INFORMATION LINE 1300 85 85 84
March 28, 2019
Ten years in and Australia’s Closing the Gap Strategy is still not achieving its aims.
In recognising the significant gaps that continue to exist in Australia between the Aboriginal and Torres Strait Islander people and non-Indigenous people, we acknowledge that:
Aboriginal and Torres Strait cultures are persistent and enduring, continuing unbroken from the past to the present, characterised by resilience and a strong sense of purpose and identity despite the undeniably negative impacts of colonisation and dispossession. Aboriginal and Torres Strait Islander people throughout the country represent a diverse range of people, communities and groups each with unique identity, cultural practices and spiritualities. We recognise that the current health status of Aboriginal and Torres Strait Islander people has been significantly impacted by past and present practices and policies.1
The Closing the Gap Strategy is a national effort that aims to close the health disparity gap between Aboriginal and Torres Strait Islander Australians and non-Indigenous Australians.
In 2008, the Council of Australian Governments (COAG) set a target to achieve life expectancy and health equality by 2030 through this strategy. A Statement of Intent was signed by multiple groups in support of this strategy on 20 March 2008, following former Prime Minister Kevin Rudd’s National Apology to the Stolen Generations.2
The health gap refers to the fact that Aboriginal and Torres Strait Islander people are likely to experience poorer health outcomes when compared to non-Indigenous Australians, as demonstrated by the below data around alcohol and other drug use.
The average life expectancy of Aboriginal and Torres Strait Islander people is approximately 17 years less than non-Indigenous people.3
The Closing the Gap Strategy has failed to meet targets since it was initiated 10 years ago.3,4
In fact, the mortality and life expectancy gaps have widened, largely due to improvements in these areas for non-Indigenous people.3
The lack of progress on these targets is complex, however a common theme is the fact that Aboriginal and Torres Strait Islander people have not been adequately included in the planning and implementation stages of the Strategy.3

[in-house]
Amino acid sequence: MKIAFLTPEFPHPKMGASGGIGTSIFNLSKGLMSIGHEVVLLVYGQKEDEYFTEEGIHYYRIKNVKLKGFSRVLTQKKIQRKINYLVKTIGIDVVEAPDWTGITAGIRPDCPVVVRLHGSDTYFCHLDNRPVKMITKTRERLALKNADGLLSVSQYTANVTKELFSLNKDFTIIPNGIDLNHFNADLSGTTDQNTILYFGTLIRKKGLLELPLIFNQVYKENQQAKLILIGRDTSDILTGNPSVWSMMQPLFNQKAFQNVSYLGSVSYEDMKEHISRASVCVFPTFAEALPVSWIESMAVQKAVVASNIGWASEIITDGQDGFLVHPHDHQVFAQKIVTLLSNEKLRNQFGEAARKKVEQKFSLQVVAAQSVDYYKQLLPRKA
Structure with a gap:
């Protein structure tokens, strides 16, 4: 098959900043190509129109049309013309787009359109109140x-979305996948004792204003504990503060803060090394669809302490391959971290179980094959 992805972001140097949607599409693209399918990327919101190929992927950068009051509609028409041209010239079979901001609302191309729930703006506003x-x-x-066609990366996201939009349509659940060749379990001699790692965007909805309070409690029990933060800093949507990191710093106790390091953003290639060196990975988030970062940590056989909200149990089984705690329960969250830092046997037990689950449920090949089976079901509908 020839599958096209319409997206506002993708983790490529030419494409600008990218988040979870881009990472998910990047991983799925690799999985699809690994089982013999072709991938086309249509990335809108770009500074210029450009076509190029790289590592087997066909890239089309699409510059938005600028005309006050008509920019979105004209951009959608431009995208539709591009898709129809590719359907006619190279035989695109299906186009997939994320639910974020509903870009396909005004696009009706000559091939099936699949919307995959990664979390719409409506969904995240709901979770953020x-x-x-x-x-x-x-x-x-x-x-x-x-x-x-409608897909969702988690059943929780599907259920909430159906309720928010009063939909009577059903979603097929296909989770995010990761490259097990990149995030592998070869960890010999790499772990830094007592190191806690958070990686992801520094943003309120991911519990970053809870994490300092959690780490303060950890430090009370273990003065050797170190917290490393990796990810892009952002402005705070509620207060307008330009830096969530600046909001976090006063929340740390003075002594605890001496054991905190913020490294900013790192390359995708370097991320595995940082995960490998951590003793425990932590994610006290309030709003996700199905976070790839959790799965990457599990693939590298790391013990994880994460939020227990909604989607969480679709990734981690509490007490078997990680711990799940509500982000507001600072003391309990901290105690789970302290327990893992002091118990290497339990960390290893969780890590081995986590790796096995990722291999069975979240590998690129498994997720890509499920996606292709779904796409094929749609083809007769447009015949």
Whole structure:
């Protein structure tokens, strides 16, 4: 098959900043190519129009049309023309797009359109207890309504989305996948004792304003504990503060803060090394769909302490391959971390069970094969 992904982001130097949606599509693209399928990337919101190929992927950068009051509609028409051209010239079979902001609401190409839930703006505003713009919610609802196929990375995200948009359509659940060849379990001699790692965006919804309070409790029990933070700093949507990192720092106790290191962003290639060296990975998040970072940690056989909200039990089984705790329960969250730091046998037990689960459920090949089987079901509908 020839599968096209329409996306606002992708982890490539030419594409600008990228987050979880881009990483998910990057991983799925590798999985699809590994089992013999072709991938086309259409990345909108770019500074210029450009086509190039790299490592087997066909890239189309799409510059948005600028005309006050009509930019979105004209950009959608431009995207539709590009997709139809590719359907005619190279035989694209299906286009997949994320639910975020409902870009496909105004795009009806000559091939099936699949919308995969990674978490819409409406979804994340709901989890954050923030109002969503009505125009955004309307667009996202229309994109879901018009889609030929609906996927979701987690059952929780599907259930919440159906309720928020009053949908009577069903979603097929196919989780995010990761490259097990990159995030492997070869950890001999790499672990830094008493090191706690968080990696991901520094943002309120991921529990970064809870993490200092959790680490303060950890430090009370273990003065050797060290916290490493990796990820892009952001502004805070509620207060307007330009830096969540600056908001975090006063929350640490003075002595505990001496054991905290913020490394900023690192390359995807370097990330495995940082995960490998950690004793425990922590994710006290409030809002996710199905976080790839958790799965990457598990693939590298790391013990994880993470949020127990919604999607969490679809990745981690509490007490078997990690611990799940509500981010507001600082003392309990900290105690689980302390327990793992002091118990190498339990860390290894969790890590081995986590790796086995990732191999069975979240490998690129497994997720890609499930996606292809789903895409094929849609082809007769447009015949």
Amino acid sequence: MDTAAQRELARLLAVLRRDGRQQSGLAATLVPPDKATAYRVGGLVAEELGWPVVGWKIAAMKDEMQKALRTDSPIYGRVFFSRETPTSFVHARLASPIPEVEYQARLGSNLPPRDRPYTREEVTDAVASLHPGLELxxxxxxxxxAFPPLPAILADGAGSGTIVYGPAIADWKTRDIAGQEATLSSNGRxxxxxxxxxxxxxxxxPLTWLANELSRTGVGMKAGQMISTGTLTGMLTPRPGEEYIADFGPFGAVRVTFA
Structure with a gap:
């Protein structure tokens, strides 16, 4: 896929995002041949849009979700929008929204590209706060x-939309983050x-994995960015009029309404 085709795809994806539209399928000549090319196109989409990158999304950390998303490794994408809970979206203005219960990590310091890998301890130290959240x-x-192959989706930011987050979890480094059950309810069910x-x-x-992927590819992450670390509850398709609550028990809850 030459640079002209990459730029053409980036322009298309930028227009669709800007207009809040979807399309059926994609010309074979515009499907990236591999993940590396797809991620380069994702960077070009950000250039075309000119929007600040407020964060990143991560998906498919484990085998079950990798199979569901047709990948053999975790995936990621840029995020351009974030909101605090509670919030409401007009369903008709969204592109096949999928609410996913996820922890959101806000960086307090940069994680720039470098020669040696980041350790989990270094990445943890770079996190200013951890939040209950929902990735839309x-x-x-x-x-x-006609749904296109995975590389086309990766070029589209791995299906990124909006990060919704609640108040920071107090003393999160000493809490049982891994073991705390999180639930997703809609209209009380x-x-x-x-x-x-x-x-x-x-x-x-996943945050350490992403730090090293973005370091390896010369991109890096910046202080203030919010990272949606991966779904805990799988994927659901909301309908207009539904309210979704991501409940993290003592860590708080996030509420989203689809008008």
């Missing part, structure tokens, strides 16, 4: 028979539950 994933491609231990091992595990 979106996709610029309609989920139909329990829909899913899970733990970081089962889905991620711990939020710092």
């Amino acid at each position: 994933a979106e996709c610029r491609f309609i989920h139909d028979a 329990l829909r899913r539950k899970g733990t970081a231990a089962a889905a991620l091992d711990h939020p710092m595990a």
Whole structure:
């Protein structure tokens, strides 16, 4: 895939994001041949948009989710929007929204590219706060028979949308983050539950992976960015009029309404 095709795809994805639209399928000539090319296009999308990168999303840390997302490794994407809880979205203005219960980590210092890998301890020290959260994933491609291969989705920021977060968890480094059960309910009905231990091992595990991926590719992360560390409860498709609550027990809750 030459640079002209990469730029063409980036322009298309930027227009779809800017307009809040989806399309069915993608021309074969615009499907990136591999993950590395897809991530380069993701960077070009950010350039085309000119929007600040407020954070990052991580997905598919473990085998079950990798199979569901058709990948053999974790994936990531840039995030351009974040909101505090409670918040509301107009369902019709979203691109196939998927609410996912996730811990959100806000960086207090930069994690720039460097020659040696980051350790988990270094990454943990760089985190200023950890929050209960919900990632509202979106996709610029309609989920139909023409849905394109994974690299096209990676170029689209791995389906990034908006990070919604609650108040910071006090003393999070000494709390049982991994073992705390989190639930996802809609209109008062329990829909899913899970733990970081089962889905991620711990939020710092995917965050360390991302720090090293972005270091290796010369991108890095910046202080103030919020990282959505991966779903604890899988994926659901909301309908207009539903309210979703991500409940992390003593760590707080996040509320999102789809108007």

The Closing the Gap refresh in the future will need to work in far closer partnership with Aboriginal and Torres Strait Islander peoples.
It is only when Aboriginal and Torres Strait Islander people are involved in the planning, implementation and evaluation of these targets that the gap may begin to close.1,4
The most recent National Aboriginal and Torres Strait Islander Social Survey was completed in 2014-15 and covers a range of health topics, including the use of alcohol and other drugs.1
This survey, along with many others, have consistently found that Aboriginal and Torres Strait Islander people are less likely to drink than non-Indigenous people. However, of the Aboriginal and Torres Strait Islander people that do drink, they are more likely to drink at levels that cause harm.1
We know from this data that the death rate from alcohol consumption was five times higher among Aboriginal and Torres Strait Islander people than non-Indigenous people. However, the rate of drug-induced deaths (which can include the use of multiple drugs at the same time) was 1.9 times higher for Aboriginal and Torres Strait Islander people than non-Indigenous people.1
The data also shows that most Aboriginal and Torres Strait Islander people don’t use illicit drugs, with 69% reporting that they had never used drugs or have not used them in the last year.1
In addition to this data, the National Drug Strategy Household Survey (2016) found similar results. However, the number of Aboriginal and Torres Strait Islander people included in this survey does not adequately represent what is happening in the communities that were surveyed. This is due to the survey design not enabling equitable representation of Aboriginal and Torres Strait Islander people.5
The most recent Closing the Gap Report, delivered in mid-February 2019, has a strong focus on co-design and partnerships.6 Pat Turner, CEO of the National Aboriginal Community Controlled Health Organisation has stated that:
For the first time, I heard a genuine acknowledgement of why the Closing the Gap outcomes seem steeped in failure. I heard an acknowledgement that until Aboriginal and Torres Strait Islander people are brought to the table as equal partners, the gap will not be closed and progress will not be made. This is a view that our community has expressed for many years – a view I am encouraged has finally been heard.4
If you have a query about alcohol or other drugs, call DrugInfo on 1300 85 85 84 or email email@example.com
You can also find information on our Drug Facts page.